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Page:Southern Historical Society Papers volume 31.djvu/178

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170 Southern Historical Society Papers.

in his place, but his courage and patriotism could not be repressed, and after the third enlistment he was allowed to remain, and he saw the end in April, 1865, at Greensboro.

Miss Harrison stated that she had just completed a book, " The Stage of Life," the profits from the publication of which she desired to devote to the building of a monument over these Southern sol- diers. The sentiment was so beautiful and the tribute so generous that on behalf of the Kentucky Division of the United Confederate Veterans I appointed Miss Harrison the Division Maid of Honor at the New Orleans reunion. This book, "The Stage of Life," was to be printed by Robert Clarke & Co., and almost the day of its going to press a great fire occurred in Cincinnati, which swept away the superb establishment of that corporation. It was thought that all of the plates of Miss Harrison's book had been destroyed, but by a strange coincidence they were preserved, and it has been stated that they were the only plates of any book which were not destroyed by the great Clarke Company fire. The book was gotten out and has met a marvelous sale, more than 40,000 copies having already been sold, and Miss Harrison has arranged to place to our joint ac- count in the Louisville Trust Company, as trustee, $2,000 for the purpose of inclosing the ground were General Zollicoffer fell and these Confederate dead are buried and building a monument over their graves.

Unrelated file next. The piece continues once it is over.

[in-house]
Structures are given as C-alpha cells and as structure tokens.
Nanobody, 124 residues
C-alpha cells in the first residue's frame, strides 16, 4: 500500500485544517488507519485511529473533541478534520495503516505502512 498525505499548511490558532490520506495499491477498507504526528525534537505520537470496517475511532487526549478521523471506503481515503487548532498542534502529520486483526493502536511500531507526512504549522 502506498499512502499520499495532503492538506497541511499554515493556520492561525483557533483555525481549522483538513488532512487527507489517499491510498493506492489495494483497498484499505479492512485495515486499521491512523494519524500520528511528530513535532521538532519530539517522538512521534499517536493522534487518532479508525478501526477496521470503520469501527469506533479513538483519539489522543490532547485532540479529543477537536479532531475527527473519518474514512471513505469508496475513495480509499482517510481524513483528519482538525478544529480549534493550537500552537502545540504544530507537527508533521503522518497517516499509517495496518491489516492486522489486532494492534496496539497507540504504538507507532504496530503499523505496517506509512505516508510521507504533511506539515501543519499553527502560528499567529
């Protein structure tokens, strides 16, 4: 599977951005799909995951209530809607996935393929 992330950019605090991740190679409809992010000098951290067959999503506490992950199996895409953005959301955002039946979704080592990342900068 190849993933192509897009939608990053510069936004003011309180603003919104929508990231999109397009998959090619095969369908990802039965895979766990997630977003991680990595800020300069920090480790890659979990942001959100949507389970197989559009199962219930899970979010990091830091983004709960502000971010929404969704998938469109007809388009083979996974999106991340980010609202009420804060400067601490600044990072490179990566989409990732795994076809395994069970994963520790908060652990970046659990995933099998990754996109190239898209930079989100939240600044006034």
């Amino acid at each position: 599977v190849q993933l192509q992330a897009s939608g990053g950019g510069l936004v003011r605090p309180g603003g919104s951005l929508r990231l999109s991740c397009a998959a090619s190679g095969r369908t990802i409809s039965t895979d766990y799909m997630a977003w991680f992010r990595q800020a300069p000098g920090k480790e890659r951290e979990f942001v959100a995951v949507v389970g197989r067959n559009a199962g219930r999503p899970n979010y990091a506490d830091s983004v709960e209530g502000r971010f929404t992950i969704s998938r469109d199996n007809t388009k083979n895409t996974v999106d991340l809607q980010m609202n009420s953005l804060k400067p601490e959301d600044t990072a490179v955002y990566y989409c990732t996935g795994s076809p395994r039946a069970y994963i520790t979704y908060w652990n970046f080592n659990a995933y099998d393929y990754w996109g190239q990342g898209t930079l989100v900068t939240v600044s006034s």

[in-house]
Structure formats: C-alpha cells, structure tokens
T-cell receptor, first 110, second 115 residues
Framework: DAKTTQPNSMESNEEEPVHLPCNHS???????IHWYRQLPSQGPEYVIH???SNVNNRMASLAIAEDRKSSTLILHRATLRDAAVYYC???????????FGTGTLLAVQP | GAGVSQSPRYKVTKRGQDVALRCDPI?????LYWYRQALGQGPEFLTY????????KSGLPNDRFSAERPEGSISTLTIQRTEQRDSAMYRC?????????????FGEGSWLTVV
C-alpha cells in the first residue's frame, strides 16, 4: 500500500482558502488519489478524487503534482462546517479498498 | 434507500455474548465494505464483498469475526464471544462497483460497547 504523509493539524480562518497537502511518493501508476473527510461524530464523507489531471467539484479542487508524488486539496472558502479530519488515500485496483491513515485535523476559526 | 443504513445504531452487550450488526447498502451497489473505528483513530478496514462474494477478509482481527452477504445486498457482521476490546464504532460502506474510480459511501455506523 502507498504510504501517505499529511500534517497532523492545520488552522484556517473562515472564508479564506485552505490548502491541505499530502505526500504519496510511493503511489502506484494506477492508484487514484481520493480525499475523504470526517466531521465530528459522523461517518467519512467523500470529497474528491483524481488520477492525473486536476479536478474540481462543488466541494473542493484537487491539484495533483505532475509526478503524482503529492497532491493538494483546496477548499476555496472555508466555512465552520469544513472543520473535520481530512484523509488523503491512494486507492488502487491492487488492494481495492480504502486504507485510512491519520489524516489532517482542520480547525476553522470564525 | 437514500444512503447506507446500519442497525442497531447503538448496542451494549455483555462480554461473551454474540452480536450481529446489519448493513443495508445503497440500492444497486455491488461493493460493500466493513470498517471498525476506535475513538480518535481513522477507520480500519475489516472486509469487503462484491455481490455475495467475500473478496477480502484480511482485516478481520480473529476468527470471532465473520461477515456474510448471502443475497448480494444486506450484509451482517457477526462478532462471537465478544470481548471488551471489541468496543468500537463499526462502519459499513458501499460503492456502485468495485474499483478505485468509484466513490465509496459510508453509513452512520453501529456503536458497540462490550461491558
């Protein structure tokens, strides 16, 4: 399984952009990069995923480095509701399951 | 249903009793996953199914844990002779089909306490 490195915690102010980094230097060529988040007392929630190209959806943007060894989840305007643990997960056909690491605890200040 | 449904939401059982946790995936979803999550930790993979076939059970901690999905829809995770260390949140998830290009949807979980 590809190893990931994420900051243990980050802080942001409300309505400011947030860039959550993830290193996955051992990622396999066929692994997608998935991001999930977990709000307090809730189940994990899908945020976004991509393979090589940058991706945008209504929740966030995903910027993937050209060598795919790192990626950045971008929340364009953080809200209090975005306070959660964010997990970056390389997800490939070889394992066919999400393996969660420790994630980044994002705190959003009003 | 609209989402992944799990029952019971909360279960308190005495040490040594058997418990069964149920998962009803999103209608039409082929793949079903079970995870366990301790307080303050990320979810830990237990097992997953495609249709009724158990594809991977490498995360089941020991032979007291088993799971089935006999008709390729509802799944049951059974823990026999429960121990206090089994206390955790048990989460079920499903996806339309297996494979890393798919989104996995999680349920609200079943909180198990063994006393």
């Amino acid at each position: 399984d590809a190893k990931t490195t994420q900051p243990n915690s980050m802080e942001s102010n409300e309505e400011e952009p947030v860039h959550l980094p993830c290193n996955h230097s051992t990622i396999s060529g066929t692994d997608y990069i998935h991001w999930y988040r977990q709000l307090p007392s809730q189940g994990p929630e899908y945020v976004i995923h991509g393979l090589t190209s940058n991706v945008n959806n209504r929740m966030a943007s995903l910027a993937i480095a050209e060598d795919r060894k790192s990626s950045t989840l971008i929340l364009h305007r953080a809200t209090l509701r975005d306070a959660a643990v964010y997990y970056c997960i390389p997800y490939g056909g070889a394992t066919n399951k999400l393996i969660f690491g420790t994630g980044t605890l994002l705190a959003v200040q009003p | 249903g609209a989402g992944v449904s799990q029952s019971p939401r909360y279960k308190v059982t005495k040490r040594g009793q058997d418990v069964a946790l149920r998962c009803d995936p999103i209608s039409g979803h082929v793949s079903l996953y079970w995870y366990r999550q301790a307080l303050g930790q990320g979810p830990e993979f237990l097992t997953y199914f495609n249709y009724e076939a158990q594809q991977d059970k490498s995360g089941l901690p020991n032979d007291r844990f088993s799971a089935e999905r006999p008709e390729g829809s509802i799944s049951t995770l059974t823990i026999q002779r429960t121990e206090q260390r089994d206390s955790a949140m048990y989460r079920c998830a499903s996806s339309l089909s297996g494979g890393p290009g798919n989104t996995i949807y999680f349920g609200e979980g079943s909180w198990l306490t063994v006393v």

Mr. H. G. Trimble, of Somerset, a Federal soldier, who was in the battle, kindly donated sufficient ground for a small park; this includes the splendid oak tree under which General Zollicoffer fell, now called by the people of the neighborhood " Zollicoffer' s Oak." Two of the trenches in which the Confederate dead were buried will be inclosed within this park. There are some forty men buried on other parts of the battle-field, whose remains it is proposed to disinter and place in the same trench where rest the ashes of their comrades.

Thousands of Confederates will recognize and appreciate the gen- erous gift of Captain Trimble and his wife to the trustees of the ne- cessary ground on which to build a monument at this place.

Captain Trimble came from a Virginia family who were revolu- tionary heroes, and who settled in Pulaski county after the close of the war. He himself enlisted in Company C, Third Kentucky United States Infantry, on the yth of August, 1861. He saw service at Perryville, Stone River, Chickamauga, Rockface Ridge, Resaca^ Kenesaw Mountain, Missionary Ridge; he lost his arm on May 13^,